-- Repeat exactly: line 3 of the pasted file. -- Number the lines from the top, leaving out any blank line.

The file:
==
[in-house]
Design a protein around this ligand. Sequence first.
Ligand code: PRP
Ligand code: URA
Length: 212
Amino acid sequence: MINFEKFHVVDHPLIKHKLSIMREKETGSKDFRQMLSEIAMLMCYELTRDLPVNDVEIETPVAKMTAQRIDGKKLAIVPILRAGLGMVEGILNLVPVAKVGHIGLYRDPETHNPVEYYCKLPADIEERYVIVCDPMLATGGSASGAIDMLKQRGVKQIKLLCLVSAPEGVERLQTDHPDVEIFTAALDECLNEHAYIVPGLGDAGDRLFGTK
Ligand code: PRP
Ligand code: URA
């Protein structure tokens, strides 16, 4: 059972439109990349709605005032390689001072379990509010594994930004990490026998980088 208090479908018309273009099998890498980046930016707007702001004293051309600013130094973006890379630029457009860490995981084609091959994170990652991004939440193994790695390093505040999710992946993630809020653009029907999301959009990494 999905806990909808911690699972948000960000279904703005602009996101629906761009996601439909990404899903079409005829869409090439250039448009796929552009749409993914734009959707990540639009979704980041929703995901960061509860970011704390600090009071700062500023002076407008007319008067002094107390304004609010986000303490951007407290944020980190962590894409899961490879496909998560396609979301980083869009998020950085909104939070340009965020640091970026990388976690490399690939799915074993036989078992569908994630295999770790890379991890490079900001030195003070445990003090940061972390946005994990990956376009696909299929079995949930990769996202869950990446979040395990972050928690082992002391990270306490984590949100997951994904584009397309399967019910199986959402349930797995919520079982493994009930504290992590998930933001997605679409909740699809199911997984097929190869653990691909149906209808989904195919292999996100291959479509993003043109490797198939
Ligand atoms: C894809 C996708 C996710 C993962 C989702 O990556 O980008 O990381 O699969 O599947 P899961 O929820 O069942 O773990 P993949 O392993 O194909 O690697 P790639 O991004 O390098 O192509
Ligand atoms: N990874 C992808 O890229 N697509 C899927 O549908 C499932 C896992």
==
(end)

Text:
Ligand code: PRP